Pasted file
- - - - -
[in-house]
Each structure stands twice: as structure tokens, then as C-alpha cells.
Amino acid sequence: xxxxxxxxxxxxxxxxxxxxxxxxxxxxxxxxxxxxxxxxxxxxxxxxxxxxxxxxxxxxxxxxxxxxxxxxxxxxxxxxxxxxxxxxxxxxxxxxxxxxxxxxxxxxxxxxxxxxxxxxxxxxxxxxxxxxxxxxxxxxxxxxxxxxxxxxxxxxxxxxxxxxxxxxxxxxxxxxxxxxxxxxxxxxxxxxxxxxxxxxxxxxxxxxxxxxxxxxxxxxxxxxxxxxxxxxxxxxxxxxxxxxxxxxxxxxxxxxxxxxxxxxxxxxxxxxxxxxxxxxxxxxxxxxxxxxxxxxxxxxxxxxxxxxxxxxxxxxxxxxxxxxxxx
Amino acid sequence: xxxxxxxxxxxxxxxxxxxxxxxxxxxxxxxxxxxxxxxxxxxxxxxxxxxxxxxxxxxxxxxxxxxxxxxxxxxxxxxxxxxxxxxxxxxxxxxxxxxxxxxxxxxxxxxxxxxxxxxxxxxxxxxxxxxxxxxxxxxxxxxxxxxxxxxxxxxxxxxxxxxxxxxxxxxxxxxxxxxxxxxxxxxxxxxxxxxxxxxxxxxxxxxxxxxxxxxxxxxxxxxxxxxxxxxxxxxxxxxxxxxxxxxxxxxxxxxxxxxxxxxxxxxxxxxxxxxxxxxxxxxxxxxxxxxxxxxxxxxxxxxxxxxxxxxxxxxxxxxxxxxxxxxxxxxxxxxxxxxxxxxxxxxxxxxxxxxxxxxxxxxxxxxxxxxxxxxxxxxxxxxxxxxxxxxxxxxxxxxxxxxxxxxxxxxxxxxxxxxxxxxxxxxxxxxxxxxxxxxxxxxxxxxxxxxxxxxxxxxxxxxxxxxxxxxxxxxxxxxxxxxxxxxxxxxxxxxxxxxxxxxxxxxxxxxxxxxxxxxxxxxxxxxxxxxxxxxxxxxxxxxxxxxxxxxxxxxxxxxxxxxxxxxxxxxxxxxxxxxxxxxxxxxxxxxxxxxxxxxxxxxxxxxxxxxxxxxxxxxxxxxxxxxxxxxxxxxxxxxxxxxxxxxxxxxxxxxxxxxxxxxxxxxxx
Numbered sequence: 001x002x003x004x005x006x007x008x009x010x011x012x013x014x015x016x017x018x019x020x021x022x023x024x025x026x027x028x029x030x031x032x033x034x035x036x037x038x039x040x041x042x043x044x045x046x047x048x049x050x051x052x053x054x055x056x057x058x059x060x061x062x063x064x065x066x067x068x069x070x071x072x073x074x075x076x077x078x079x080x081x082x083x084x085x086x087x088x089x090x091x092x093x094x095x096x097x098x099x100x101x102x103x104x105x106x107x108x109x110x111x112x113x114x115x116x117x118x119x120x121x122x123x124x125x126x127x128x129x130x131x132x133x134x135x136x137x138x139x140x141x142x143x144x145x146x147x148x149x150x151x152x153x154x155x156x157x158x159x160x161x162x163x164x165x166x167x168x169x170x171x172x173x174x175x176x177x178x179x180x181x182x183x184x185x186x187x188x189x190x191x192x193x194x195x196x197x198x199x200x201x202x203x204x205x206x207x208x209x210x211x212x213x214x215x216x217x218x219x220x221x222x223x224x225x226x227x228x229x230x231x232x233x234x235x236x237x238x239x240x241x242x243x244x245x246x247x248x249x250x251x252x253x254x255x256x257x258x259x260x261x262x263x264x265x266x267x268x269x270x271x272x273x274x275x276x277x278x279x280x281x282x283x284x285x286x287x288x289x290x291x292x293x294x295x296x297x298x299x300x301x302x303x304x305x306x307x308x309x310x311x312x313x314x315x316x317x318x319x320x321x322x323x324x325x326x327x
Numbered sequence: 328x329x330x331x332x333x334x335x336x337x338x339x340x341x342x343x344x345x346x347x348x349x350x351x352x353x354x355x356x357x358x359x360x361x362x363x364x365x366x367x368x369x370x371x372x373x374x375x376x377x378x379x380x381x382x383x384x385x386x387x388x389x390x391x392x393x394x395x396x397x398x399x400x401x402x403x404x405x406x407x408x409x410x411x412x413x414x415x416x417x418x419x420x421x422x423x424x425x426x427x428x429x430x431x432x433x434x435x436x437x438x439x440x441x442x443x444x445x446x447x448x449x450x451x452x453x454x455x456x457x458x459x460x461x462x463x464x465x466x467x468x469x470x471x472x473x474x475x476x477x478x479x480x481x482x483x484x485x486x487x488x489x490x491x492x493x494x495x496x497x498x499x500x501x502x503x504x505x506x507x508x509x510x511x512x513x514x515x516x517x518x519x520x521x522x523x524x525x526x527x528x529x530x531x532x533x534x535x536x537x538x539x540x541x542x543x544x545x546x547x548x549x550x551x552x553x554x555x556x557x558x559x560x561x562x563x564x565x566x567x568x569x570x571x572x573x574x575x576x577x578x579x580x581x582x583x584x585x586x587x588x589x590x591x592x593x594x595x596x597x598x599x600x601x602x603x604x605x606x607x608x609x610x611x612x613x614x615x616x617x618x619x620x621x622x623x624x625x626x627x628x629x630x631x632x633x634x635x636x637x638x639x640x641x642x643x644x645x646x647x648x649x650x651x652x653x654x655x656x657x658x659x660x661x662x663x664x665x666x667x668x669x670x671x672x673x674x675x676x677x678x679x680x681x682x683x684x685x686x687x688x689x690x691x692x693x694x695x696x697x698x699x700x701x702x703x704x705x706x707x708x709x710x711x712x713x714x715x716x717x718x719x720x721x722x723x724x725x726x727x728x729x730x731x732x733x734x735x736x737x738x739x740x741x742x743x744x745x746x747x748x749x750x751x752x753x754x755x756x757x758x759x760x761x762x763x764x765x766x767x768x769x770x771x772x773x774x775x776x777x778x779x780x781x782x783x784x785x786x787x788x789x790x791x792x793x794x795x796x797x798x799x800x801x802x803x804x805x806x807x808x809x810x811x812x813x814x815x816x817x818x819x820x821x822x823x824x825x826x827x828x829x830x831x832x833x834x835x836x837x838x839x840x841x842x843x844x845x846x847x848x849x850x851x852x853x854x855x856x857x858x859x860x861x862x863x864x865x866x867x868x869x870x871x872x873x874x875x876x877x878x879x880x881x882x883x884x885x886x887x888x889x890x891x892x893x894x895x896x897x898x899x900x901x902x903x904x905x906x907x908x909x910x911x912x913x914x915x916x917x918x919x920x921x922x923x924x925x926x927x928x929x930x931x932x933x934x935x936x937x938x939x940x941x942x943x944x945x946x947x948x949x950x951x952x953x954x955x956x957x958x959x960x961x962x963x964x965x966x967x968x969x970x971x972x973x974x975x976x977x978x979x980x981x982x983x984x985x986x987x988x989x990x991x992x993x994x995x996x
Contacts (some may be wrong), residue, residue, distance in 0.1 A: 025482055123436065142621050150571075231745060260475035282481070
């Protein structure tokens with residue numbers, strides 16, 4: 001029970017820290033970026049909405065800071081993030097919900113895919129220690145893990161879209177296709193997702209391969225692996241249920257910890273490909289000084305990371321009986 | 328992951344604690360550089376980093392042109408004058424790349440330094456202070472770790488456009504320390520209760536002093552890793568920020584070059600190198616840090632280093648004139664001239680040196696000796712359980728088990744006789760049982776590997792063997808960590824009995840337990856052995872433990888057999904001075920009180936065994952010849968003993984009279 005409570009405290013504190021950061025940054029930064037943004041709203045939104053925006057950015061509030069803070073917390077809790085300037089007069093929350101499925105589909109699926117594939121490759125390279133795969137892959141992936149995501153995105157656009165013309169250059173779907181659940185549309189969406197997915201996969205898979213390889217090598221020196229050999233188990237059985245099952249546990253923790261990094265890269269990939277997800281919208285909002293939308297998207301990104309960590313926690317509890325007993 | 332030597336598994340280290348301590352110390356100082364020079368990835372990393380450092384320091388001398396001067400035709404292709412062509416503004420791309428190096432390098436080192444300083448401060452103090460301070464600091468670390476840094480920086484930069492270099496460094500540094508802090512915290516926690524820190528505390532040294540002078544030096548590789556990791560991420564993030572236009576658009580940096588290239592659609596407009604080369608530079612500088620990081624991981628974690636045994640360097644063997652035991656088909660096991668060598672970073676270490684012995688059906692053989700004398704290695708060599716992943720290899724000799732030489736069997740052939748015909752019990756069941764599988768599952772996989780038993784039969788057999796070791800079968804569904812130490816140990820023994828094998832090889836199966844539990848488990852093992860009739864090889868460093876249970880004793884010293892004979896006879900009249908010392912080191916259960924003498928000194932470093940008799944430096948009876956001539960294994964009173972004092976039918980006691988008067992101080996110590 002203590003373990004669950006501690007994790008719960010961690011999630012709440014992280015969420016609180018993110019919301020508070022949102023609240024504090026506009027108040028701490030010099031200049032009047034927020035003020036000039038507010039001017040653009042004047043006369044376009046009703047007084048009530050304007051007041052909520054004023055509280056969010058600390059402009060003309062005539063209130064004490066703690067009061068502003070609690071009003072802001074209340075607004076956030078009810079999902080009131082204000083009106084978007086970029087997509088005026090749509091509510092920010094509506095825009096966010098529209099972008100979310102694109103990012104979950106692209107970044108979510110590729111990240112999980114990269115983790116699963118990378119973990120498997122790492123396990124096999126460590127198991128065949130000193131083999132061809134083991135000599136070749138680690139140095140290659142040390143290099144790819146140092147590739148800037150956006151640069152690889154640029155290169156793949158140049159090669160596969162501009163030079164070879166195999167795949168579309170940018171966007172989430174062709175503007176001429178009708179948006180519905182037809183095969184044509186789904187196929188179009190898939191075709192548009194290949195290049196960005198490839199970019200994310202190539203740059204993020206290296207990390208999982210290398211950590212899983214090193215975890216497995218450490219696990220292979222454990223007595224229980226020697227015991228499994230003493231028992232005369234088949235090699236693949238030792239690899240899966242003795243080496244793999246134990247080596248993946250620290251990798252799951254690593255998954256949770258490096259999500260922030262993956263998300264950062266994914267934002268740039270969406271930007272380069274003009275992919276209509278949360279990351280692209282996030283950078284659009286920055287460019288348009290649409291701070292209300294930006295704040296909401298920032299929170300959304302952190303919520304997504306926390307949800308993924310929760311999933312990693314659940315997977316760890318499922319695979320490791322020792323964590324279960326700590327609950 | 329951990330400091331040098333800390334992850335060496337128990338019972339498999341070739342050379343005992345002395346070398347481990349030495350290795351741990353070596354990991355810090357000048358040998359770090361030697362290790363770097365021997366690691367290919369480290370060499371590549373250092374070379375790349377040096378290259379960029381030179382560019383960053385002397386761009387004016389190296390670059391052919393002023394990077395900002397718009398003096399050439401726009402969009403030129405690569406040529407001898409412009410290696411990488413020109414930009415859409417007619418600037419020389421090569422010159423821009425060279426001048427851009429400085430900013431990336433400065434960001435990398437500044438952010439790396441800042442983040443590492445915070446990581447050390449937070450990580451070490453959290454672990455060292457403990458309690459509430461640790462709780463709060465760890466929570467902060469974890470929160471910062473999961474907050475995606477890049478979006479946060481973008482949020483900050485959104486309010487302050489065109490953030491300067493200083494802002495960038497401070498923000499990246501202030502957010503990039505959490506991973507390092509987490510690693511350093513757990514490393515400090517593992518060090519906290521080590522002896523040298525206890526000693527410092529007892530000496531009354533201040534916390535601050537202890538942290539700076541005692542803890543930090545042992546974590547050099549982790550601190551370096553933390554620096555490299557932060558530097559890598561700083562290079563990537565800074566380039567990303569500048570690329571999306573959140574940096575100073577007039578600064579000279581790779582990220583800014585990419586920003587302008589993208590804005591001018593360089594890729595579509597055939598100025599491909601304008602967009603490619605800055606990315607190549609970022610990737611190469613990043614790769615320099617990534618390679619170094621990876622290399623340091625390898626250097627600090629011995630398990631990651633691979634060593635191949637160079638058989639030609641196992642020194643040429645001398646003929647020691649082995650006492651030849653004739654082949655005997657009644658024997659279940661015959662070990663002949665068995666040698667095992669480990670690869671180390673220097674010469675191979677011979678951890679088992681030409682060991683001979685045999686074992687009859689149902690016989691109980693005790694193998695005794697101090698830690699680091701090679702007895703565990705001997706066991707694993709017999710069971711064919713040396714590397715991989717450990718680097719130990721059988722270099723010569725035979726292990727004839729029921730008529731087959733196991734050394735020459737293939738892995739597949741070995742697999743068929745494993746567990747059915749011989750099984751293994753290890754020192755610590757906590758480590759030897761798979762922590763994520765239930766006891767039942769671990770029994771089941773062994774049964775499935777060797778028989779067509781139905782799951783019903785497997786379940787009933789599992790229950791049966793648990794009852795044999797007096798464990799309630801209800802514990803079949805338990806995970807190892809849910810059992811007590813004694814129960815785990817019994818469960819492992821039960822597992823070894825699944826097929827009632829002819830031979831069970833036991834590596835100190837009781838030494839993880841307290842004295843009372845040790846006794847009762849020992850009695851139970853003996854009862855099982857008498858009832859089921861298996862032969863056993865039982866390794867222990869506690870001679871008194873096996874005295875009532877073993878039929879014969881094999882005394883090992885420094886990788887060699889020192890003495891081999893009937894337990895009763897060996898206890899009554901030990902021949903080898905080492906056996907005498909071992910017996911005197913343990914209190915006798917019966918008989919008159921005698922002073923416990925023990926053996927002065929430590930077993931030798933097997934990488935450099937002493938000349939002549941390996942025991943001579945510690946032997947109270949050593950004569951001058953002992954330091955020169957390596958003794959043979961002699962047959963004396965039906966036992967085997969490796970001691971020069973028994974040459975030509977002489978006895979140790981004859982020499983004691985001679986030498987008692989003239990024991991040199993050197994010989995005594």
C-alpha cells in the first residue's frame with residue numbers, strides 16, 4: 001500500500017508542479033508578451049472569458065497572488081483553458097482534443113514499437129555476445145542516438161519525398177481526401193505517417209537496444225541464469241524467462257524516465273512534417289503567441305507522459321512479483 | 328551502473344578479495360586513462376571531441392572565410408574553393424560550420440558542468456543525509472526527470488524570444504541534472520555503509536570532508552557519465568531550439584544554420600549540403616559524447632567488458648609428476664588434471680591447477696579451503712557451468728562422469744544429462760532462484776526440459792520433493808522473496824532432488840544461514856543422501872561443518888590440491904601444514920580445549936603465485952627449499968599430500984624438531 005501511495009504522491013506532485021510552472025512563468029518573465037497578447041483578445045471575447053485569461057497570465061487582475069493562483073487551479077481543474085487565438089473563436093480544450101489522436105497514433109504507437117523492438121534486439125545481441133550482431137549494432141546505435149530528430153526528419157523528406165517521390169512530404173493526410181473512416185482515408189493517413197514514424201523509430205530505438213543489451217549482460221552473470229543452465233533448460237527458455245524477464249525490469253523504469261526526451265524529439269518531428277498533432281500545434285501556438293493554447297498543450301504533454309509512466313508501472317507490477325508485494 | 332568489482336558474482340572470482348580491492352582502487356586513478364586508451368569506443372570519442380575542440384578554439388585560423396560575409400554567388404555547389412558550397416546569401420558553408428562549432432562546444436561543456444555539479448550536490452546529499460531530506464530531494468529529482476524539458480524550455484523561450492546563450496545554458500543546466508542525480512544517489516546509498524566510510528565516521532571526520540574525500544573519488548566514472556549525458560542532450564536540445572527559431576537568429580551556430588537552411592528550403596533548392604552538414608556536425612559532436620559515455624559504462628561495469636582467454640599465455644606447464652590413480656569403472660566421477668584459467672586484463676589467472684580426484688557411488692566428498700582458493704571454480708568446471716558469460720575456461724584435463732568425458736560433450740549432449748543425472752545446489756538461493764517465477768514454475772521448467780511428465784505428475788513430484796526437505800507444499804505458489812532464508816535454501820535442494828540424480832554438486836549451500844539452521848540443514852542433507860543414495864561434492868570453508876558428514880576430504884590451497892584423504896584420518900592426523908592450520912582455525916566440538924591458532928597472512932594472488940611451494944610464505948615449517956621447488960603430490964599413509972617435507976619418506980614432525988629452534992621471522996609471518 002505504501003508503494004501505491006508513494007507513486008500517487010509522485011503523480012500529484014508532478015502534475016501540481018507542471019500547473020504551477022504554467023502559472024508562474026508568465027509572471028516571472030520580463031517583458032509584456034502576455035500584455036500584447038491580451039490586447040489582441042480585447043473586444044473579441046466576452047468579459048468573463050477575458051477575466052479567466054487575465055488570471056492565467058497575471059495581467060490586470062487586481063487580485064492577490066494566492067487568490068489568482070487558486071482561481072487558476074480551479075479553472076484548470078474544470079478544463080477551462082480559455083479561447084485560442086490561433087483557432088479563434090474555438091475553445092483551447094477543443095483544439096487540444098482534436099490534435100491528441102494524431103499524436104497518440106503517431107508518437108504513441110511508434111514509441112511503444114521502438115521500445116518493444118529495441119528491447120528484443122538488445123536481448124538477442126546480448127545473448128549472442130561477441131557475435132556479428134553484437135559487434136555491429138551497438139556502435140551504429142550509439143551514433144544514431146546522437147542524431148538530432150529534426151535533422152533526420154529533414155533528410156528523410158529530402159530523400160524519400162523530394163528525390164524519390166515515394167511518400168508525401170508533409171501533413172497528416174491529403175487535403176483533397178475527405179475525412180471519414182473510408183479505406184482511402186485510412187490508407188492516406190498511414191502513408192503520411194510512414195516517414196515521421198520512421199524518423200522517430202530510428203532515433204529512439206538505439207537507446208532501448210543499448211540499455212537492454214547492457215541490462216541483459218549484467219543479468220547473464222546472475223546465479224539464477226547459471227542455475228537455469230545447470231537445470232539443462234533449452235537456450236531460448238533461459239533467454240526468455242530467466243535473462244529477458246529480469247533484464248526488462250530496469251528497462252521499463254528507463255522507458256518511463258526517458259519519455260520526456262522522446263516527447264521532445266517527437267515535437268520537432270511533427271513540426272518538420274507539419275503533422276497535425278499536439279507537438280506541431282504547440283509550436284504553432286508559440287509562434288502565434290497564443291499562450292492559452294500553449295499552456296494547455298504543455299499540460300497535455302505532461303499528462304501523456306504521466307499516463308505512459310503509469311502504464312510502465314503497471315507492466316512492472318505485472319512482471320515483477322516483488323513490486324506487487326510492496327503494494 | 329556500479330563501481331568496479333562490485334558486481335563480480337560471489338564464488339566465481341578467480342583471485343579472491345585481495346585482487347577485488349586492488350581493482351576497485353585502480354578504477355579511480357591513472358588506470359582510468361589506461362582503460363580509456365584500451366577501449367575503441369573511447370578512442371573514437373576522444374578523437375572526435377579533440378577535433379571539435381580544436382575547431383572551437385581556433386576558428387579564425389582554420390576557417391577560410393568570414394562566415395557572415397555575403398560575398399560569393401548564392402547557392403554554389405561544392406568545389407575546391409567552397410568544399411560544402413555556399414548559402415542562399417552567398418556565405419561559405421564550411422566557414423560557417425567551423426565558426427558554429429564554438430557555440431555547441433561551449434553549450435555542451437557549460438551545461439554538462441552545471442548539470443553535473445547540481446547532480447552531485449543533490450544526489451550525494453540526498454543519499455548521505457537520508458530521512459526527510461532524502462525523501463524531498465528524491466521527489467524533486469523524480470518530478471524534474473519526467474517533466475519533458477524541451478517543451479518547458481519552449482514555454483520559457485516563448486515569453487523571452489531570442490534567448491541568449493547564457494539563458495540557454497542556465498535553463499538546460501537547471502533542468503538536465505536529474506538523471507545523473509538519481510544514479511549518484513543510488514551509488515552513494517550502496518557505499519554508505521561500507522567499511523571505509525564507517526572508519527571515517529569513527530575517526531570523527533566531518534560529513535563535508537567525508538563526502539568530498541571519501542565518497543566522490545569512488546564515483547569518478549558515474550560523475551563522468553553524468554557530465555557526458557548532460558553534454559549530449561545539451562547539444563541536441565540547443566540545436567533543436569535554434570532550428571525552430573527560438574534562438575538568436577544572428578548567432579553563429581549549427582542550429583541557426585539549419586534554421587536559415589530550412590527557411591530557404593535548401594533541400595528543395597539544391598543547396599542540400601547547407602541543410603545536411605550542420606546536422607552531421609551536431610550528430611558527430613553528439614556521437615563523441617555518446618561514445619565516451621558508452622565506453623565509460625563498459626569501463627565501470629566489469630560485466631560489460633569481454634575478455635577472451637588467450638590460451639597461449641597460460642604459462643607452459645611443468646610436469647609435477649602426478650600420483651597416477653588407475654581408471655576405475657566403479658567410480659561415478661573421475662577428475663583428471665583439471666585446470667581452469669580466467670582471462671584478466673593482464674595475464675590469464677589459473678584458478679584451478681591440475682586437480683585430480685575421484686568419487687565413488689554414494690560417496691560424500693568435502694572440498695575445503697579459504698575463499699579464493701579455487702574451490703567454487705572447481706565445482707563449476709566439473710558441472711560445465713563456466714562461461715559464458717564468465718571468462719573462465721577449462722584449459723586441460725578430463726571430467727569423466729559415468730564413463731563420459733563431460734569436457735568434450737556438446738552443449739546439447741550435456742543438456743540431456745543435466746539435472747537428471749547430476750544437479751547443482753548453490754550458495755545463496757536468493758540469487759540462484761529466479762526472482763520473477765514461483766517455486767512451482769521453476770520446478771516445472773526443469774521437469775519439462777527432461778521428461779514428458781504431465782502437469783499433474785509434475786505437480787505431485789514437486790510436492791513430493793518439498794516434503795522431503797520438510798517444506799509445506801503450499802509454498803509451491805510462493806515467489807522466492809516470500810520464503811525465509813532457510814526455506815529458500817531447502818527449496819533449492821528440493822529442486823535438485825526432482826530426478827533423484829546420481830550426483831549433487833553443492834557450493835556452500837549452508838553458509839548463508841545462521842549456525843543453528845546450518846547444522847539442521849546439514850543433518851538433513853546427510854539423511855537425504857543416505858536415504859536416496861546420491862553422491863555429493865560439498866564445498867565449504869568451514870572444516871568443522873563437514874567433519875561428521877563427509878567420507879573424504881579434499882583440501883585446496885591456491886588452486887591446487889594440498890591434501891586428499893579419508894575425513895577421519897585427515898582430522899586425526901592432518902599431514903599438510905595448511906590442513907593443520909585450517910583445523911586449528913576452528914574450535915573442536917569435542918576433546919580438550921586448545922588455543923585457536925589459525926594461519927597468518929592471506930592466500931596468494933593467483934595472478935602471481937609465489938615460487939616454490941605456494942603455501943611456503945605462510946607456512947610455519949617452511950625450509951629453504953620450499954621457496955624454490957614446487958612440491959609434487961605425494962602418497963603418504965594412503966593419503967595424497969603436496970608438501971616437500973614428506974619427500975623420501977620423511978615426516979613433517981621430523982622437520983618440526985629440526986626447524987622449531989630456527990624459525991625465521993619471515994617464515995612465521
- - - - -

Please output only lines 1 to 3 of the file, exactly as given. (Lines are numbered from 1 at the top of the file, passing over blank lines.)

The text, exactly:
[in-house]
Each structure stands twice: as structure tokens, then as C-alpha cells.
Amino acid sequence: xxxxxxxxxxxxxxxxxxxxxxxxxxxxxxxxxxxxxxxxxxxxxxxxxxxxxxxxxxxxxxxxxxxxxxxxxxxxxxxxxxxxxxxxxxxxxxxxxxxxxxxxxxxxxxxxxxxxxxxxxxxxxxxxxxxxxxxxxxxxxxxxxxxxxxxxxxxxxxxxxxxxxxxxxxxxxxxxxxxxxxxxxxxxxxxxxxxxxxxxxxxxxxxxxxxxxxxxxxxxxxxxxxxxxxxxxxxxxxxxxxxxxxxxxxxxxxxxxxxxxxxxxxxxxxxxxxxxxxxxxxxxxxxxxxxxxxxxxxxxxxxxxxxxxxxxxxxxxxxxxxxxxxx